A Barnes & Noble policy to limit its stock of hardcover fiction has spurred a wave of online criticism, with many people saying the move disproportionately affects debut writers and people of marginalized identities.
Three authors who spoke with NBC News confirmed with their editors that under the policy, their hardcover releases wouldn't be stocked at the country's largest book retailer unless they were one of a publisher's top two bestsellers. In effect, they say, the policy harms authors of color who may not get the same marketing and institutional support as white authors, feeding into a vicious cycle that ultimately reduces their visibility and book sales.
In an emailed statement, CEO James Daunt said the policy allows Barnes & Noble "to exercise taste in the selection of new titles ... and to send lower initial quantities into stores."
The policy has been in place since September 2019, according to Barnes & Noble. But it recently drew attention on social media when author Bethany Baptiste went viral with a lengthy Twitter thread in which she called the policy a "middle finger to debut authors esp if they're midlist & marginalized."
"Get mad, y'all," she wrote in the Twitter thread, which prompted hundreds of responses from fellow authors, booksellers and readers. Barnes & Noble trended on Twitter last Friday.
In his statement, Daunt said the company would also no longer take funds from a book's sales to help promote a hardcover title across all Barnes & Noble stores, adding that the changes were intended to "empower local booksellers to replenish titles, entirely at their own discretion, an empowerment which extends, of course, to how they display their stock within the bookstore."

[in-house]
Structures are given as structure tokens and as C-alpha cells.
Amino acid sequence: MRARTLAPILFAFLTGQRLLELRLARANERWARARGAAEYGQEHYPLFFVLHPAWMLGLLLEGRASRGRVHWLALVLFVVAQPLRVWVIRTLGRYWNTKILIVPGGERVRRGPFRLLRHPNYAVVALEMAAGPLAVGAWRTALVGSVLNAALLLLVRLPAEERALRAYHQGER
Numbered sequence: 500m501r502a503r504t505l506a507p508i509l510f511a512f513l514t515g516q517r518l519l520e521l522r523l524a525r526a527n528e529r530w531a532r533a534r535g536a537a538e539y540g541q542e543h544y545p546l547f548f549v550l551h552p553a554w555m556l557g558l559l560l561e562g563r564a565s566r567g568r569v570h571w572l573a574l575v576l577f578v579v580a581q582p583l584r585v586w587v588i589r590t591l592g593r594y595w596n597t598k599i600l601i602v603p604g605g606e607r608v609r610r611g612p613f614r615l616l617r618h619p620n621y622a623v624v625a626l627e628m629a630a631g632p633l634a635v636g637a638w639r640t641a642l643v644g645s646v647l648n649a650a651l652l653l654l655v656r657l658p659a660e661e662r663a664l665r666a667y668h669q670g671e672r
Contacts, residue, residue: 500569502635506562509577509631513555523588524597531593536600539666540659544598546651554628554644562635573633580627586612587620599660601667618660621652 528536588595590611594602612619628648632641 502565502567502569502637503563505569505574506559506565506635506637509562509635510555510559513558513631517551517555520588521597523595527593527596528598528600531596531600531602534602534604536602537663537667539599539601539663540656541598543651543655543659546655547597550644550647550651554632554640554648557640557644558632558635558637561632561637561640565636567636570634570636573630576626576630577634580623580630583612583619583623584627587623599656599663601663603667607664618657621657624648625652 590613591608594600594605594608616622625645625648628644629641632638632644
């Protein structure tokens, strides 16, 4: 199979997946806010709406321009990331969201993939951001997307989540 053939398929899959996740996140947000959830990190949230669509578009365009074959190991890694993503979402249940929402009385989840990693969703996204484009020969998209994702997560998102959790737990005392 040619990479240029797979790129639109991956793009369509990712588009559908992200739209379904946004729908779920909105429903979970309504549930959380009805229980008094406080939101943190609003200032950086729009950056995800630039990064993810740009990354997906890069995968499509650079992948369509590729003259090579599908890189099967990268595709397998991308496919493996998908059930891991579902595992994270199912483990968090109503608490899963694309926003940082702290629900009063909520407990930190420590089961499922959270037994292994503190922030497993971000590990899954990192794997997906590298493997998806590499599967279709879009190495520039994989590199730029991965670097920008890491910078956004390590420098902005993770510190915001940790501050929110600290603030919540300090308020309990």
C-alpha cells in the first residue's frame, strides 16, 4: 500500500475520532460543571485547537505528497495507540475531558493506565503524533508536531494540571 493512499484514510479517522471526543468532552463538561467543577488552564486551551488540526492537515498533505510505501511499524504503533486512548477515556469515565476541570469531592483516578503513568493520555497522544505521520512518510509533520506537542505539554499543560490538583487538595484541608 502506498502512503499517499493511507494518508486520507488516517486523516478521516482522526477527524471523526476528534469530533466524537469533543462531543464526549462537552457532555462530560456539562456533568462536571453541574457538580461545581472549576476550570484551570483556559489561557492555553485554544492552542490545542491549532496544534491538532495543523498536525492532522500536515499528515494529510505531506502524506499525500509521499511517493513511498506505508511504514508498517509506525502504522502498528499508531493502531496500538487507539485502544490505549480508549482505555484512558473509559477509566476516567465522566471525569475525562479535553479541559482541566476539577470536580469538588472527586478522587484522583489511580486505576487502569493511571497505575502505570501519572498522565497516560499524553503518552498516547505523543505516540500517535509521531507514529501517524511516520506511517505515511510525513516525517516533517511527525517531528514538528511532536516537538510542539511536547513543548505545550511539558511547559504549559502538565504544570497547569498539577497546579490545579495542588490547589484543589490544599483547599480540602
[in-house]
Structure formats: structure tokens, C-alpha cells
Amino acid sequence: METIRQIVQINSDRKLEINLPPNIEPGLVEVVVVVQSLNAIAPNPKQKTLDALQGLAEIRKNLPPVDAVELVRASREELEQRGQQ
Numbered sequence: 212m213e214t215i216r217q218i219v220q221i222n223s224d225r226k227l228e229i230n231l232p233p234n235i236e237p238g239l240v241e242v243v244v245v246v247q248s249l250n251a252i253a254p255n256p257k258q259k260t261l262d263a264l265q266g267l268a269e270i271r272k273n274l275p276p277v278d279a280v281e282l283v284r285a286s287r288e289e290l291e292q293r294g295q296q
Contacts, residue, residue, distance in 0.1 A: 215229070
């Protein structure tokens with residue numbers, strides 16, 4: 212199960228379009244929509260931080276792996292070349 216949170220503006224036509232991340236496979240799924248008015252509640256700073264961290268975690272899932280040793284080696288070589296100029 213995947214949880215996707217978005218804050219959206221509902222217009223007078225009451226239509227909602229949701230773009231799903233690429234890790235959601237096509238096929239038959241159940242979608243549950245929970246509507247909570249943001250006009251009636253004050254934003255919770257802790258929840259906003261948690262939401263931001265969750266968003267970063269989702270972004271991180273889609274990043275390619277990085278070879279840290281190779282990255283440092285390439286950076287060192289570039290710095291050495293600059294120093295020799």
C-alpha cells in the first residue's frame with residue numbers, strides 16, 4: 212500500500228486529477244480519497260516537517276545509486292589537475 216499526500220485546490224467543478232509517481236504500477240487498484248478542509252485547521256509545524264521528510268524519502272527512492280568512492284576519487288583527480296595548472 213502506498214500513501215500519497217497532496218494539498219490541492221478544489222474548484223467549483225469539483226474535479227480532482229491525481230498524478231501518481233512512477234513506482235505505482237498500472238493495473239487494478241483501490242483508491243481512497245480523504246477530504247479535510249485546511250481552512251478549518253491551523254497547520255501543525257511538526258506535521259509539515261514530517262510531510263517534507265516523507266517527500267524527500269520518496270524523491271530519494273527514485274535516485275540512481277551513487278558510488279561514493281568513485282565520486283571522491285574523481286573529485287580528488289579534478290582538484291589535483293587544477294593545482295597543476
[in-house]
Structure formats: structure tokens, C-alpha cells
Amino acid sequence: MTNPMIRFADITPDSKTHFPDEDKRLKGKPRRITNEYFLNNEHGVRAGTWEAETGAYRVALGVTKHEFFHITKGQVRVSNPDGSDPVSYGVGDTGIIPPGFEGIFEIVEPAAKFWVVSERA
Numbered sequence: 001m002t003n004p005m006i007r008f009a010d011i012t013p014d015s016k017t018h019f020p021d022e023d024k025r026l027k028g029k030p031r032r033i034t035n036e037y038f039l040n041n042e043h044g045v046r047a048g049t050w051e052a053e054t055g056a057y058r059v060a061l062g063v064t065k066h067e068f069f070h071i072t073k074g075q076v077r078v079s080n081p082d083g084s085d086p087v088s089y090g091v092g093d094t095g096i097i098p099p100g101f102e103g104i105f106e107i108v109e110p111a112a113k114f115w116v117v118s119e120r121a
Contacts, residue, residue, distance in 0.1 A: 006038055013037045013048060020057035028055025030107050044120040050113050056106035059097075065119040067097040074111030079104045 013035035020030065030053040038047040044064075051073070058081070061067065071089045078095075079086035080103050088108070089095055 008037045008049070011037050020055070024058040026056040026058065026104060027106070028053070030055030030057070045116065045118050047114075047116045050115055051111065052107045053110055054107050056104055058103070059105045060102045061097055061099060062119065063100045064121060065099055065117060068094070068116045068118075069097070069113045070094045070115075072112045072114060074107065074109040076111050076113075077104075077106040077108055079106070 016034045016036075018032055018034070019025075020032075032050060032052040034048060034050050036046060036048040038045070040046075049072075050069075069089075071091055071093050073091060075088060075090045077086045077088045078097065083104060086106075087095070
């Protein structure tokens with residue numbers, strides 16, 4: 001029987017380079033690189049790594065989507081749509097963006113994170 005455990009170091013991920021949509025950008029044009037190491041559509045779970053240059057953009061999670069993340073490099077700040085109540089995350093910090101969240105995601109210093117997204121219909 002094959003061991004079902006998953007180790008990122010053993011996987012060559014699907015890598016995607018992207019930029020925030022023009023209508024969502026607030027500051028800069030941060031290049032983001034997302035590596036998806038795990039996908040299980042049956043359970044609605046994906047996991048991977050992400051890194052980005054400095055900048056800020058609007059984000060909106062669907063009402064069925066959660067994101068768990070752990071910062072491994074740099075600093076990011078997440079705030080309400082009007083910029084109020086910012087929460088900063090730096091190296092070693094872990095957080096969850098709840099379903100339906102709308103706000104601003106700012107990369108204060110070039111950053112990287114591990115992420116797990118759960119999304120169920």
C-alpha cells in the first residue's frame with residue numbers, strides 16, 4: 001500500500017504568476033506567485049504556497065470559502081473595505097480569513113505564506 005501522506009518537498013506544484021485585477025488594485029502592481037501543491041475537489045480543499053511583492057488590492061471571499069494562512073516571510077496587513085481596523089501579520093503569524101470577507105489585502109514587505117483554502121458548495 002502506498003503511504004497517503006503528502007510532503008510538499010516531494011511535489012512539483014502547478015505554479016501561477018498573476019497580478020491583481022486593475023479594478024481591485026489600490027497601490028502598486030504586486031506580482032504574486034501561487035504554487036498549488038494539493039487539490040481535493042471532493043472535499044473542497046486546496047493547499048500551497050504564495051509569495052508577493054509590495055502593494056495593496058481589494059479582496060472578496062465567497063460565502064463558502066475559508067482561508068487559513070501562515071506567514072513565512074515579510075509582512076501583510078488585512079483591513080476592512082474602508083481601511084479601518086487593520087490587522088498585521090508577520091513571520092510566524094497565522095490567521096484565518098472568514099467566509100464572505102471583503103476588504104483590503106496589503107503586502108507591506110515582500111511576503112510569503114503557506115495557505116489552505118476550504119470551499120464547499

"In short, each bookstore now controls how they display and arrange their stock and, as they also control the ordering, the quantities they hold," Daunt said in the statement. "Each B&N bookstore now differs from the other as traditional, bookseller curation is exercised at the individual store level."
A 'Catch-22' situation for some authors
Many authors, however, don't see the changes as positive.
Those who spoke to NBC News said they were unaware of the policy until they saw the viral tweets.
Kelly Yang, the New York Times bestselling author of the "Front Desk" series, said she found out about the policy from her publisher.
She described it as "shocking" and took to Twitter to share her devastation over the news that Barnes & Noble wasn't going to stock "Key Player," the newest title of her award-winning children's series, which comes out next month.
"Here you have a book with a huge built-in audience, and you're telling us at the last minute you're passing on it," Yang said in an interview. "You really don't have a chance to ever become one of the top one or two, because how can you if your books are not going to be [stocked]?"
Other authors echoed similar fears and frustrations, saying they believe the policy could disproportionately affect their book sales and significantly limit their visibility with their core audience (children and young teens).
Andrea Beatriz Arango, the debut author of "Iveliz Explains It All," said it's especially concerning because Barnes & Noble holds tremendous power as the only physical bookstore in some areas of the country.
"Often indie bookstores, depending on the area, can be very small and still very limited in what they can stock, so it's frustrating, because oftentimes children find books by browsing stores with their parents," Arango said.